By Eva Wilson
When the Kansas-Nebraska Convention of Southern Baptists was founded 75 years ago the door began opening for the Southern Baptist Convention to become a national instead of regional denomination.

The 2021 annual meeting will celebrate KNCSB’s 75th anniversary. It will be held Oct. 11-12 at Webster Conference Center, Salina, Kan. The 75th anniversary celebration was scheduled to be held in 2020. But it was postponed to the 2021 KNCSB annual meeting due to the coronavirus crisis.

KNCSB began in November 1945 when four churches met to form the Kansas Southern Baptist Fellowship. The meeting was held at First Baptist Church, Burden, Kan.

The Kansas Convention of Southern Baptist Churches was organized March 19-20, 1946, at First Baptist Church, Chetopa, Kan.

The new convention petitioned to join the Southern Baptist Convention in 1947.

After much debate, the Kansas convention became a cooperating constituency of the SBC in 1948. This action broke the comity agreement with Northern Baptists in which Southern Baptists had basically agreed to work below the Mason-Dixon Line.

Acceptance of the Kansas convention opened the door for Southern Baptists to become a national instead of regional denomination.

N.J. Westmoreland served as the convention’s first executive director.  He was pastor of Emmanuel Southern Baptist Church, Coffeyville, Kan.

Soon after the Kansas convention was formed, attention turned north to Nebraska where Southern Baptist churches began to form in the mid-1950s. Southview Baptist Church in Lincoln is the oldest Southern Baptist church in Nebraska. It constituted Sept. 11, 1955. The convention added Nebraska to its name in 1973.

In November 1968 the convention reached the most critical point in its life when its loan agency, the Church Loan Association, was on the verge of bankruptcy.

Monumental efforts by Southern Baptists in Kansas-Nebraska, as well as gifts from the Home Mission Board (now North American Mission Board) and other state conventions helped the convention overcome the crisis.

KNCSB Executive Director James C. “Pat” McDaniel played a major role in leading the convention to overcome the church loan crisis. He served from 1970 to 1976.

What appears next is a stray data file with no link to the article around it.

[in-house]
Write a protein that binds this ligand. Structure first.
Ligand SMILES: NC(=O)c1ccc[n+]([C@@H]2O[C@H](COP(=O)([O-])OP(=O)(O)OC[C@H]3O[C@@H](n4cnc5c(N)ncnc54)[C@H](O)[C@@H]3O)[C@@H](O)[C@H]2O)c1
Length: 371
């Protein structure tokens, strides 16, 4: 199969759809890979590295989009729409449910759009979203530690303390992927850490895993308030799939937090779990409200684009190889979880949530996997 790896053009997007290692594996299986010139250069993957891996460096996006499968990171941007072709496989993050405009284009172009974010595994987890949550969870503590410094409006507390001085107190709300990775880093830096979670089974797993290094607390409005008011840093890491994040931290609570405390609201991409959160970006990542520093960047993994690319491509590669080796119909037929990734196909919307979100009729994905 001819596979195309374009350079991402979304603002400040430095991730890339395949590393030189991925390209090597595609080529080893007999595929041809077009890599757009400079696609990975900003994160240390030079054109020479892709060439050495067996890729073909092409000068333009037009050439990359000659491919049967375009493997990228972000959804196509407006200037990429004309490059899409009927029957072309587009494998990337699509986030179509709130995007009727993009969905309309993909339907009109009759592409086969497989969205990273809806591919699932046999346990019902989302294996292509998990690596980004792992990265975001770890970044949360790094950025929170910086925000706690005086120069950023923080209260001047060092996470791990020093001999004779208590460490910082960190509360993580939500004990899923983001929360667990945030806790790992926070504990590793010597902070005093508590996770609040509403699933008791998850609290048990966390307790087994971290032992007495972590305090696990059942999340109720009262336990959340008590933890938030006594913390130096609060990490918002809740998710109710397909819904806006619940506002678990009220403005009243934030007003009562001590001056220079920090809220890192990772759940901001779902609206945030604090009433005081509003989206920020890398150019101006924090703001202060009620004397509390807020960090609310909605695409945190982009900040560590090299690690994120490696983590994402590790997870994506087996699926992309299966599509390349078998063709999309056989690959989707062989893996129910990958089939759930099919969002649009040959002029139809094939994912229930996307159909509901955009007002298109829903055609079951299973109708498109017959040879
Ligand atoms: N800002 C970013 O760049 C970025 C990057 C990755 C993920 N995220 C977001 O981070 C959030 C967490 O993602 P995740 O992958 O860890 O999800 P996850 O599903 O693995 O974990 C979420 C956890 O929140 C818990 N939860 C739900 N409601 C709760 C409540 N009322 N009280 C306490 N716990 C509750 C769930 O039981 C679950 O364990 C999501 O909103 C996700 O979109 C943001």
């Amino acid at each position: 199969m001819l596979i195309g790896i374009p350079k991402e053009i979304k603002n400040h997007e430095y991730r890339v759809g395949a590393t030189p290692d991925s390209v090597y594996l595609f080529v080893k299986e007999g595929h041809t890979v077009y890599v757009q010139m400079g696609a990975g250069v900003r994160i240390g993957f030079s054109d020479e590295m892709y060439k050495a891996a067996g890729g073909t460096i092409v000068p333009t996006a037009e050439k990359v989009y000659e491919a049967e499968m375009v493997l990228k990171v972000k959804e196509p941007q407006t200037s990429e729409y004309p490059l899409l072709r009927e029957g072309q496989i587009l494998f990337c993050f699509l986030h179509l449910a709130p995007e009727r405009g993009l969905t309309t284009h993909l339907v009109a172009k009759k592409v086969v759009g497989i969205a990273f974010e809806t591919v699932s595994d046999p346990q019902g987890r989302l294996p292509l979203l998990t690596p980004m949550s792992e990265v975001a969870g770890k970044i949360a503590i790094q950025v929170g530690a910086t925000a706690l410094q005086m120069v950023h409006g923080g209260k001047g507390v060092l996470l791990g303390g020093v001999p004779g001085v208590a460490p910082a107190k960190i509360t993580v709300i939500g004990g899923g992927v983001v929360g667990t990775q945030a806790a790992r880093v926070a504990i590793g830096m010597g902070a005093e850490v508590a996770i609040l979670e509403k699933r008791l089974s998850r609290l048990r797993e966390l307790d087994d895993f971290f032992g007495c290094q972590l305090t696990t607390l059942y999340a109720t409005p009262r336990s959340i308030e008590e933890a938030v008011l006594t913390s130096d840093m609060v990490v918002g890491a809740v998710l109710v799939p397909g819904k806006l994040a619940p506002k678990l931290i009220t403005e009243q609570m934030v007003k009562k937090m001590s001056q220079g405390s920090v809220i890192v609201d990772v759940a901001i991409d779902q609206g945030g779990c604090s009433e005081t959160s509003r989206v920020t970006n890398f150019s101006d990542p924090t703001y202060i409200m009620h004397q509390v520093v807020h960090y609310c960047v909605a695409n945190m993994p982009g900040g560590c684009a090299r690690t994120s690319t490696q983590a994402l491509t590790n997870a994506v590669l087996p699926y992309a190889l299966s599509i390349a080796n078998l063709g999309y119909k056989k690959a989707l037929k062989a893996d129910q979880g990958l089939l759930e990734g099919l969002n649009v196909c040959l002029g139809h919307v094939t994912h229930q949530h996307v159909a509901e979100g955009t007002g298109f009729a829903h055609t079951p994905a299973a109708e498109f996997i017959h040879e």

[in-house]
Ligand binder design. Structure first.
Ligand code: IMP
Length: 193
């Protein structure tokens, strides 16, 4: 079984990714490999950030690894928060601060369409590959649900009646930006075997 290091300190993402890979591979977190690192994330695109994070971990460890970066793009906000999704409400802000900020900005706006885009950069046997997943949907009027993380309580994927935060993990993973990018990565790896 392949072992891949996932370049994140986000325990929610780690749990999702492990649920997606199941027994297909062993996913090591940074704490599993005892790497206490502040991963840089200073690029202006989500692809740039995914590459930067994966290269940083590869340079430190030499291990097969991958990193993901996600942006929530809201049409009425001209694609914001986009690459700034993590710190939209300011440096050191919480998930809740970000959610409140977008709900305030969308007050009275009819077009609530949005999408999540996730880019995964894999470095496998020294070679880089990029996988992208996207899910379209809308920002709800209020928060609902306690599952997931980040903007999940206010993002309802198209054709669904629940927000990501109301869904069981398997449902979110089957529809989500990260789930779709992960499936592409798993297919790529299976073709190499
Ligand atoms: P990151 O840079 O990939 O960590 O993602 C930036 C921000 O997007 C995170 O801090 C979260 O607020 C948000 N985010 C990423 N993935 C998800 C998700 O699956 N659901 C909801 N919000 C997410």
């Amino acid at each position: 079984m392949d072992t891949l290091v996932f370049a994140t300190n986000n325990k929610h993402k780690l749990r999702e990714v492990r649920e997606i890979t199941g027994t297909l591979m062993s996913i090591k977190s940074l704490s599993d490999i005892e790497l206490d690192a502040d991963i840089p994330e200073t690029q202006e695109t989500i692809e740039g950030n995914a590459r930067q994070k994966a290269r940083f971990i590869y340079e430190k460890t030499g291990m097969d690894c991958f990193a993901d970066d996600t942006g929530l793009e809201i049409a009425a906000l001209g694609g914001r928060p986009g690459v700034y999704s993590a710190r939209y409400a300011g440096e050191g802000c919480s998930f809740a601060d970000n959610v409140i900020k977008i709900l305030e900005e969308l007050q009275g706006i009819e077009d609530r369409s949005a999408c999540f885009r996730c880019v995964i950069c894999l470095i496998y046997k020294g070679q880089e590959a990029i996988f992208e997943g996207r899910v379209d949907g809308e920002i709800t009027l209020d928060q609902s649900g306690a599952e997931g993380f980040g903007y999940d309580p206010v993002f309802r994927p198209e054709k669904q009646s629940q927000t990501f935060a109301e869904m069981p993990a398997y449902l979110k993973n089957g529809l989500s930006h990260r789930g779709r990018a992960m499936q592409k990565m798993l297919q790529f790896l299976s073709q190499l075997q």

1. Rex “Peck” Lindsay became executive director in 1977 and served until Dec. 31, 2009. He has continued to serve on the KNCSB staff since then.

KNCSB acquired Webster Conference Center, Salina, Kan., in 1981. WCC has played a key role in reaching and discipling people for Christ. Many outside groups also use WCC.

Doyle Smith played the key role in KNCSB acquiring Webster Conference Center.

Smith was the long-time pastor of First Southern Baptist Church, Great Bend, Kan. He had many roles including KNCSB president, president of the WCC board of directors and president of the Kansas-Nebraska Southern Baptist Foundation.

Smith quickly became a key influence in KNCSB soon after arriving in Great Bend in 1972.

“Doyle became the most influential person in our convention,” Peck Lindsay said.

Smith died Oct. 20, 2015.

Lindsay retired as executive director Dec. 31, 2009, and Bob Mills succeeded him. Mills had served as KNCSB director of missions since 1998.

As KNCSB celebrates its 75th anniversary, the face of Nebraska and Kansas is changing as the ethnic population grows, especially Hispanics. Hispanic leaders are being trained to reach this growing population.

The first Hispanic was elected to a KNCSB office during the 2019 KNCSB annual meeting. David Martinez was elected vice president. He is KNCSB ethnic church-planting strategist and associate pastor of Northern Heights Baptist Church, Norfolk, Neb.

KNCSB’s 75th anniversary year in 2020 brought major changes. Bob Mills, KNCSB executive director, announced his retirement plans during the Mission Board meeting Friday, March 6.

That was immediately followed by the coronavirus crisis. The virus known as COVID-19 was circling the globe and became a pandemic.

Many Kansas-Nebraska Southern Baptist churches were immediately pushed into a new way of doing ministry.

Some churches began airing their services through such avenues as YouTube and Facebook Live. Small-group meetings were held online using Zoom.

A number of Kansas-Nebraska churches held drive-in services in their parking lots.

Schools, colleges and universities were closed during spring break 2020. So KNCSB collegiate ministries also found themselves doing ministry on line.

When restrictions began to ease, churches were reminded that they were facing a new normal.

Renowned church leader Carey Niewuhof warned churches against reembracing “a model of ministry designed to reach a world that no longer exists.”

Bob Mills retired Feb. 28, 2021, and became the part-time KNCSB director of church health. David Manner succeeded Mills and is the fifth executive director in KNCSB’s 75-year history.

Manner joined the KNCSB staff in 2000 as director of worship and administration. He became associate KNCSB executive director in 2012.

KNCSB is going forward into the future in a world that changes almost daily. But “Jesus Christ is the same yesterday, today, and forever.” Hebrews 13:8 (HCSB)